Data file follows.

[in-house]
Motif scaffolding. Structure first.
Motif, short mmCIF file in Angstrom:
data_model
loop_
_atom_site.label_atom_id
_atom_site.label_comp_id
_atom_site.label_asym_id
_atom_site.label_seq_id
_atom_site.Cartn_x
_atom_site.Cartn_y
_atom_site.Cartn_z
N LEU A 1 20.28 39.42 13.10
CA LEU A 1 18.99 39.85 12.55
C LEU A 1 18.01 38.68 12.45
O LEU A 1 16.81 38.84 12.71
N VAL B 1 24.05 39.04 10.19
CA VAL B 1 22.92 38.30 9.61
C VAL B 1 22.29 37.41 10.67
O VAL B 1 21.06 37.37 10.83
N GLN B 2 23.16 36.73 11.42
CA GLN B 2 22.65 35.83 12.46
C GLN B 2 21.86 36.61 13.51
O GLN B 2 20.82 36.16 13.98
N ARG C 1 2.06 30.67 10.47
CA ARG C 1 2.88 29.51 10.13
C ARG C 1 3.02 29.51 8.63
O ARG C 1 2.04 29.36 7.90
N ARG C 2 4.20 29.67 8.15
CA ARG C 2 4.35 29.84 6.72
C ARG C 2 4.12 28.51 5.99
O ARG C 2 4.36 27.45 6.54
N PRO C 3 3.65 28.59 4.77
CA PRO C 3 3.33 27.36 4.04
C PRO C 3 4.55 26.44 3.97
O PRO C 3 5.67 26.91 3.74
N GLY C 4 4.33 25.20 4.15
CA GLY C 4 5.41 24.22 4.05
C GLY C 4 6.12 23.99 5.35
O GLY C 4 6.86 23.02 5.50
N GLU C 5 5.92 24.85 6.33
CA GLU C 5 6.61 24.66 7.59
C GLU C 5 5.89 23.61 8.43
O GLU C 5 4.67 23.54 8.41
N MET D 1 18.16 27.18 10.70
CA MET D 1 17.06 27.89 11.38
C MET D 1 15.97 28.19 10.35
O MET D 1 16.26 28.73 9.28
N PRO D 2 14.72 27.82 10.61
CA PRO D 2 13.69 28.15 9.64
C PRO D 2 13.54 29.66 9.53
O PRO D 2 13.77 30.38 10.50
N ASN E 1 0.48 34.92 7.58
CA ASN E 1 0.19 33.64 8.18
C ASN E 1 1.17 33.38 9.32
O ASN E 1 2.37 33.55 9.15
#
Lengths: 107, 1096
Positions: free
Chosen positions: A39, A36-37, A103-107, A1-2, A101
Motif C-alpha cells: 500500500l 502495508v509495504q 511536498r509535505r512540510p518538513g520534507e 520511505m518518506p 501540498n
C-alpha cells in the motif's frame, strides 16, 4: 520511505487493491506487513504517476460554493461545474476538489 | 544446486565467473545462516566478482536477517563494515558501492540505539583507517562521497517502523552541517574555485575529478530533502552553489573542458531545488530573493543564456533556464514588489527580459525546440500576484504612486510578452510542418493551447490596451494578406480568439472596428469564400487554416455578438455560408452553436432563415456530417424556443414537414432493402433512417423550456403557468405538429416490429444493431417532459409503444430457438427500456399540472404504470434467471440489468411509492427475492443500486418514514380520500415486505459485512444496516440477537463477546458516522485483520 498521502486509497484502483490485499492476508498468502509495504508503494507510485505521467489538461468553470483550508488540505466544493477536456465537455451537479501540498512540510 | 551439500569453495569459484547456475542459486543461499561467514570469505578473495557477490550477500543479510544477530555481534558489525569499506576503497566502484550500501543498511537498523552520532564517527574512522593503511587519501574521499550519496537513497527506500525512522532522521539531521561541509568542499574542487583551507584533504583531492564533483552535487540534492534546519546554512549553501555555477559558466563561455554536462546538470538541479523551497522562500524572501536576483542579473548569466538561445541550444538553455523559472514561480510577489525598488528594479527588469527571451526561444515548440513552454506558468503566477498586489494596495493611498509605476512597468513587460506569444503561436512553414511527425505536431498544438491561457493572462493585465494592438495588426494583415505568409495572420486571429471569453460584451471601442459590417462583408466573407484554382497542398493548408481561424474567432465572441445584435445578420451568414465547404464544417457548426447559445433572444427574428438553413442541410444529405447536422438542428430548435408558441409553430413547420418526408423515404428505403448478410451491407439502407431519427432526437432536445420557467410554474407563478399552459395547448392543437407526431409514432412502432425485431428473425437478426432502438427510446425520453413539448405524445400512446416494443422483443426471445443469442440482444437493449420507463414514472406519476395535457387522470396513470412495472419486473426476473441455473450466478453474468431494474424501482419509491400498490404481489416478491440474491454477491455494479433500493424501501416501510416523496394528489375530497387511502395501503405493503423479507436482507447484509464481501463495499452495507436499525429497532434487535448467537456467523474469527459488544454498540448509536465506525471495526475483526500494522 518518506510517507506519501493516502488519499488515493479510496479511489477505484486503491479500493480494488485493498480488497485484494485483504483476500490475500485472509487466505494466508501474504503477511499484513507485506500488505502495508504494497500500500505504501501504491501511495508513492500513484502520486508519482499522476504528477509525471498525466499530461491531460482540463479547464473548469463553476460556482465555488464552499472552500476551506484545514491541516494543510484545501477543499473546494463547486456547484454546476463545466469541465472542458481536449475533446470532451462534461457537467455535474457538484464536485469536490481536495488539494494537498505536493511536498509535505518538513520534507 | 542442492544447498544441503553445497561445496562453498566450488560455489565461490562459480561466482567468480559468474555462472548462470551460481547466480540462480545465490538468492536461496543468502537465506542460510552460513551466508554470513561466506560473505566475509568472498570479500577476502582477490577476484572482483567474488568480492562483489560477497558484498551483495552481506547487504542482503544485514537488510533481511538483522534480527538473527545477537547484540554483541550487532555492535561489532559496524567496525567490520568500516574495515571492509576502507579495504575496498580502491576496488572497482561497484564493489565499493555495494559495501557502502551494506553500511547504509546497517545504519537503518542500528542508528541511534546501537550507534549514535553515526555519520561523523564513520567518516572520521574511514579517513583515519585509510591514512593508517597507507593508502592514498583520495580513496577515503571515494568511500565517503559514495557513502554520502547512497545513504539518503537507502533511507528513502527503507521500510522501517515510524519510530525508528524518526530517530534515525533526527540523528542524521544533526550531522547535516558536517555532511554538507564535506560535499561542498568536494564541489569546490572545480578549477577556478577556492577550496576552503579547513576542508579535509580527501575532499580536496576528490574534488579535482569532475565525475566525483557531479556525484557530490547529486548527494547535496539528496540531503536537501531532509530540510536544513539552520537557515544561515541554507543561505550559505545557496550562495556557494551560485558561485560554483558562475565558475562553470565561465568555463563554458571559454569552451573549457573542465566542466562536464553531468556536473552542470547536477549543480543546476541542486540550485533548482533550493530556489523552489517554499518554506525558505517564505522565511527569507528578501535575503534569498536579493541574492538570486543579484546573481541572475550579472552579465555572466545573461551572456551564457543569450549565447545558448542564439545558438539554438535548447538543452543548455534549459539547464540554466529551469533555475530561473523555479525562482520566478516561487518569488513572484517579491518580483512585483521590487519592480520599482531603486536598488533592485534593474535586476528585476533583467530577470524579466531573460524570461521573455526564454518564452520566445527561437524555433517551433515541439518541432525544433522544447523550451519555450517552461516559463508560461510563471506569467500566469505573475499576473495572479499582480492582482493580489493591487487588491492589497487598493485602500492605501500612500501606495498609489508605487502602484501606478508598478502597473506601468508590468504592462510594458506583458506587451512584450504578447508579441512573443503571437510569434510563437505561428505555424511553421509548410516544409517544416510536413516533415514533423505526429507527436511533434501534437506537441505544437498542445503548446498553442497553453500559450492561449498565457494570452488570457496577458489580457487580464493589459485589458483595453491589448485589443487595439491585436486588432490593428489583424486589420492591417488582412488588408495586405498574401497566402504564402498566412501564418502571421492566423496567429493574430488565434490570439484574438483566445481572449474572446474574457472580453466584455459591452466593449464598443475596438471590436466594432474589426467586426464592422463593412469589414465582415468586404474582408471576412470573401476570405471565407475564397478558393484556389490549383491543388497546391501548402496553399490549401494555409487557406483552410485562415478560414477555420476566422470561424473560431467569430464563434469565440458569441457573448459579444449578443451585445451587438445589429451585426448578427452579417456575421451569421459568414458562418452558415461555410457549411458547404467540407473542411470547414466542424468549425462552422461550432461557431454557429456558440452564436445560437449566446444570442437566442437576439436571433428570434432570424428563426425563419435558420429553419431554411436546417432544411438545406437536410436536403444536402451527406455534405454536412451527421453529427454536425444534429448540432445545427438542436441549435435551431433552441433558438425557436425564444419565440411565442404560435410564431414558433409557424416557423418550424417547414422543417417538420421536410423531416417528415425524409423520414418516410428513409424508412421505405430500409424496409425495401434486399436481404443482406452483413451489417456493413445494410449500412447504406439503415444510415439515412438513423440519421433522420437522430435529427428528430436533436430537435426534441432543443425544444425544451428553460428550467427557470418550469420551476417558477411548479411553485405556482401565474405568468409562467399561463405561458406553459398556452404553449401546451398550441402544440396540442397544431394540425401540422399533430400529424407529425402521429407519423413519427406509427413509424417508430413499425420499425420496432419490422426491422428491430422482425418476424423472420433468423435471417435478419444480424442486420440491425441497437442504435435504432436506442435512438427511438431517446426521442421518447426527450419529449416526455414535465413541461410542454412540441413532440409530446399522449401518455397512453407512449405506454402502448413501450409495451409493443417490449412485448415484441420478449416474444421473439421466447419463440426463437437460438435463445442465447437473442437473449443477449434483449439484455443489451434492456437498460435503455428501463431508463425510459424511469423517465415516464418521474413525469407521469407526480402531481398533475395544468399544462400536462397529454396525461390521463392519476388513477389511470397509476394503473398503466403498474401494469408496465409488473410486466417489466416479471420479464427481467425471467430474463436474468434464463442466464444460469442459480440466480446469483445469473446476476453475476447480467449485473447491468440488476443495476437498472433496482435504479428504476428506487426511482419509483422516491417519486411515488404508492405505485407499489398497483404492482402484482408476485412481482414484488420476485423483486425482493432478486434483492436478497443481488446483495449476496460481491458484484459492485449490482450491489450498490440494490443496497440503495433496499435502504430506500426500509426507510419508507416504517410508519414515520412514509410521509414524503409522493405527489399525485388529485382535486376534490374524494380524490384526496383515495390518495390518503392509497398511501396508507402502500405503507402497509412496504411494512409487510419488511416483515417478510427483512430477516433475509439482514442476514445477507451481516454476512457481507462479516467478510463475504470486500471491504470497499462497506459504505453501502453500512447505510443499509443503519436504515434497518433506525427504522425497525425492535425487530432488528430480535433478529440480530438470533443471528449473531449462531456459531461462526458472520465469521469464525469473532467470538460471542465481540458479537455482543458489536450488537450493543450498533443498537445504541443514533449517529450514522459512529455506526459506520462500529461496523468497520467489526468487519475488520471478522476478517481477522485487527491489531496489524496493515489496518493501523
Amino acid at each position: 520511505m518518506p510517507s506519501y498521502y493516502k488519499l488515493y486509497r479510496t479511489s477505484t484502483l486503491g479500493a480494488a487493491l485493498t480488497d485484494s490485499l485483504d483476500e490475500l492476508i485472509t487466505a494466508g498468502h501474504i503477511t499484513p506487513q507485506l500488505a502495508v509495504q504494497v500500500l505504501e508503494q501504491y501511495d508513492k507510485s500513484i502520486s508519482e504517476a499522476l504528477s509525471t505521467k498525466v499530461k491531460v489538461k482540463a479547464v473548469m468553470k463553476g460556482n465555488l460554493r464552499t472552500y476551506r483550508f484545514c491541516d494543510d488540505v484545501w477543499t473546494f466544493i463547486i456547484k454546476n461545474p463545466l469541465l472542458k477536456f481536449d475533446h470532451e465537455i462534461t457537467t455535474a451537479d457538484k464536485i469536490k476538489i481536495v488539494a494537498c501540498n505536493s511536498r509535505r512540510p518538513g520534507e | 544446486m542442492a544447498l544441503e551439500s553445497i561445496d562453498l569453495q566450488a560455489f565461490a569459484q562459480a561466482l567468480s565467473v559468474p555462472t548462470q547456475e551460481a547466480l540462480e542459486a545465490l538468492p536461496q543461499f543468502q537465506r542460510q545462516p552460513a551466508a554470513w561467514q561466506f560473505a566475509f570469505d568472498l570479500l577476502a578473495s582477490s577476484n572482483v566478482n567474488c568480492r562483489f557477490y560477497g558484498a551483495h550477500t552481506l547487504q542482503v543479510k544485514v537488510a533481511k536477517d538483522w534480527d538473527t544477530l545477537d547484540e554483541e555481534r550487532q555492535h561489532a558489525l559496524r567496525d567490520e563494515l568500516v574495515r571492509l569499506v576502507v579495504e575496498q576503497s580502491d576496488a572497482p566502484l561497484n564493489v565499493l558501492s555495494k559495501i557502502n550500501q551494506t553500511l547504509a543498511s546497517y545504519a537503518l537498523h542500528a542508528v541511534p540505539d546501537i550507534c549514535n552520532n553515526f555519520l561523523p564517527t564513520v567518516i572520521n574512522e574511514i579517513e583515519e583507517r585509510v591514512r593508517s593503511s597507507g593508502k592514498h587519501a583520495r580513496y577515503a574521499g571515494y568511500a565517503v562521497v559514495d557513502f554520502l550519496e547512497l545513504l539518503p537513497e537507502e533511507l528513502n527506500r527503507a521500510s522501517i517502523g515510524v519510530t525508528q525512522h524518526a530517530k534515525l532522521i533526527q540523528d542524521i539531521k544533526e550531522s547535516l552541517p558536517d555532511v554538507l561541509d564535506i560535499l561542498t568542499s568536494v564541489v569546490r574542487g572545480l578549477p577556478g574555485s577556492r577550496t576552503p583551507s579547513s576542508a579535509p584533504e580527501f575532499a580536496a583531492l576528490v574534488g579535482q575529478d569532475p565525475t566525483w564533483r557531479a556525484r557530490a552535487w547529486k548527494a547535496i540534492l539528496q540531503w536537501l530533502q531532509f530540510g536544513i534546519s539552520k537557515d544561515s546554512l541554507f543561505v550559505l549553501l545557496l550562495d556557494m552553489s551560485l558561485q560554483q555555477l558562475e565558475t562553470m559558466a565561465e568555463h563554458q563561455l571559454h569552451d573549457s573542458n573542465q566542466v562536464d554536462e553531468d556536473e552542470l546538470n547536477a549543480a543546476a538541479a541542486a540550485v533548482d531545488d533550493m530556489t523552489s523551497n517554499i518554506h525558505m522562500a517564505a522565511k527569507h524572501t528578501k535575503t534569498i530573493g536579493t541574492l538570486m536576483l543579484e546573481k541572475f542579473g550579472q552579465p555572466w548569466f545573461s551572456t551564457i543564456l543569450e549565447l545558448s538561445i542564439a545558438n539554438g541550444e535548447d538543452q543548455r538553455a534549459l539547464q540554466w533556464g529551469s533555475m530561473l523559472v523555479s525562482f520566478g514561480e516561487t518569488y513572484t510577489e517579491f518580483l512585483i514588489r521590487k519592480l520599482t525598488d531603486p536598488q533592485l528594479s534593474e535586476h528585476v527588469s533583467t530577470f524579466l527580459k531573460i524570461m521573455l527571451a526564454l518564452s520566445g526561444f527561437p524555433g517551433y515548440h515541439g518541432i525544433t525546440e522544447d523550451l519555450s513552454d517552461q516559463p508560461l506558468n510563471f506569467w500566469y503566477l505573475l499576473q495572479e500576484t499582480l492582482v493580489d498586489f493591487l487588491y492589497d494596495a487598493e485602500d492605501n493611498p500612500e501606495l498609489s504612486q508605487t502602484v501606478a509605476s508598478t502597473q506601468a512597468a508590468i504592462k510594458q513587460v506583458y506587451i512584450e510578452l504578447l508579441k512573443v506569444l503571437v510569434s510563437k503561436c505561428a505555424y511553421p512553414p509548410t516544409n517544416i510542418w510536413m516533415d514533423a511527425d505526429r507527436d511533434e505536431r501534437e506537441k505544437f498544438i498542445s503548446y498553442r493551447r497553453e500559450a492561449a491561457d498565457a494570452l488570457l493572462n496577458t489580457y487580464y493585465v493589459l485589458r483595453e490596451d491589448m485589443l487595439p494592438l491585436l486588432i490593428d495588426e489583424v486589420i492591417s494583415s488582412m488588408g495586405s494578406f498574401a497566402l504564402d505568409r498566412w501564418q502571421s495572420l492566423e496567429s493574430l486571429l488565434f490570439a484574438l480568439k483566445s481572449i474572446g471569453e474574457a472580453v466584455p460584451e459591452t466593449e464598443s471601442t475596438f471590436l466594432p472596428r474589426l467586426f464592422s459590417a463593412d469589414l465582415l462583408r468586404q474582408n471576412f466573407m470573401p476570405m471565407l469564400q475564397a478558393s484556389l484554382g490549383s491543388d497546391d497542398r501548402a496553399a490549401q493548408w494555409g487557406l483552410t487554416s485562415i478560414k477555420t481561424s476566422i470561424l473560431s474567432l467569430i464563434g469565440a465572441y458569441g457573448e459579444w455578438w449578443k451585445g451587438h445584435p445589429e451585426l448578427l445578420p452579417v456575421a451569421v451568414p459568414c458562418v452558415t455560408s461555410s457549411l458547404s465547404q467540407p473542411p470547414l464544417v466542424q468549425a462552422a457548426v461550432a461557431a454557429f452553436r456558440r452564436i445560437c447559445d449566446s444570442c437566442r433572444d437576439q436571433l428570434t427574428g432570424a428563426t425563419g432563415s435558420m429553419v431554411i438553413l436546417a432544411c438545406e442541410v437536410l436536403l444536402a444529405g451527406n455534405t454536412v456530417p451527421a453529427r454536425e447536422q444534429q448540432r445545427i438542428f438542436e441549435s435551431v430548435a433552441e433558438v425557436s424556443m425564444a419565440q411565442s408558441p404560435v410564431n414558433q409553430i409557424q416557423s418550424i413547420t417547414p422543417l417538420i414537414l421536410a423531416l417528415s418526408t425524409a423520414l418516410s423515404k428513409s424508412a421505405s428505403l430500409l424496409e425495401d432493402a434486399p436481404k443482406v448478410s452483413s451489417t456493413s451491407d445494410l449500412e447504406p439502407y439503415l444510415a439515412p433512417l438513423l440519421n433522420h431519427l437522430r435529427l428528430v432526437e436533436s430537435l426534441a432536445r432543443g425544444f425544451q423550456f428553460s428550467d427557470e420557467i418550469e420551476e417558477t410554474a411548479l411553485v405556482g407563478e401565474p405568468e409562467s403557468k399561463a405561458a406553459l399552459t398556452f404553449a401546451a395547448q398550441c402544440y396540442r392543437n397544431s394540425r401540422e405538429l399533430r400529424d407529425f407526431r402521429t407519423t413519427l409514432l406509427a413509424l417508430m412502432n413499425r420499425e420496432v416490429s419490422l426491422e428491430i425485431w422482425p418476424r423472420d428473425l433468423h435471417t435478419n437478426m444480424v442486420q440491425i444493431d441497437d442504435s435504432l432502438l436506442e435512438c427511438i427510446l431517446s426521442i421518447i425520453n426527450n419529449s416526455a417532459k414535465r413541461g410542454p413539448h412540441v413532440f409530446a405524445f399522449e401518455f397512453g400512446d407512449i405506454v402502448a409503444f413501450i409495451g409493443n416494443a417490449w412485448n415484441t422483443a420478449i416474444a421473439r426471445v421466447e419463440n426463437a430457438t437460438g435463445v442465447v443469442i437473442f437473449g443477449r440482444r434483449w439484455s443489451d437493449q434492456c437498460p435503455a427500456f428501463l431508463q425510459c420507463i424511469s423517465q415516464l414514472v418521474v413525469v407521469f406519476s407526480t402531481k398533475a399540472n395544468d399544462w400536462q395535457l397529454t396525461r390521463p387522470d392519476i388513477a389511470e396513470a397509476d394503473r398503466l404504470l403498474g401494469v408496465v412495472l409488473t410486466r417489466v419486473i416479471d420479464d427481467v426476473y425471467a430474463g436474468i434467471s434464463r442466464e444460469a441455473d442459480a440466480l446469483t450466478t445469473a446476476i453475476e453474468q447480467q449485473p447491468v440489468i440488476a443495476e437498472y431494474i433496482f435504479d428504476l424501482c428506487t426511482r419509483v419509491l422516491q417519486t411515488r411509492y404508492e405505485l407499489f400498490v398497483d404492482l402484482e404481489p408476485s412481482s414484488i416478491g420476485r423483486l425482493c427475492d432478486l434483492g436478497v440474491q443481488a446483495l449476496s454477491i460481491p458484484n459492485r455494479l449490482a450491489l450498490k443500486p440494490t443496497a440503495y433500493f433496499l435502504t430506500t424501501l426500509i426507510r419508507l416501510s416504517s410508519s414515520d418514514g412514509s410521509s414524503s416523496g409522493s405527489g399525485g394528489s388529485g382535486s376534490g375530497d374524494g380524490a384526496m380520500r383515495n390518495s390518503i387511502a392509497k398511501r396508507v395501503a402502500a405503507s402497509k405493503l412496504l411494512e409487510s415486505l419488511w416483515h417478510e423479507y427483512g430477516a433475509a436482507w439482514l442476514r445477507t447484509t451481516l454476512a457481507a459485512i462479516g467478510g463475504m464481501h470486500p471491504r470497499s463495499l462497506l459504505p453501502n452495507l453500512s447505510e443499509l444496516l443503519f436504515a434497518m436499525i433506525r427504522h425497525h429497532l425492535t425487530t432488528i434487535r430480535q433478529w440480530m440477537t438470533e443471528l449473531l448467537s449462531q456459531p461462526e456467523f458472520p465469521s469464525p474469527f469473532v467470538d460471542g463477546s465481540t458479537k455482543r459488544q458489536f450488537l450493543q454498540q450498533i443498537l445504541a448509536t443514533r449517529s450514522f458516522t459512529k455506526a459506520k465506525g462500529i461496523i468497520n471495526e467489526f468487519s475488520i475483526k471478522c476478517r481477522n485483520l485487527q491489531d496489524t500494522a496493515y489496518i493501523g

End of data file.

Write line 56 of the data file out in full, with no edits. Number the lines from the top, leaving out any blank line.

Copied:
O ASN E 1 2.37 33.55 9.15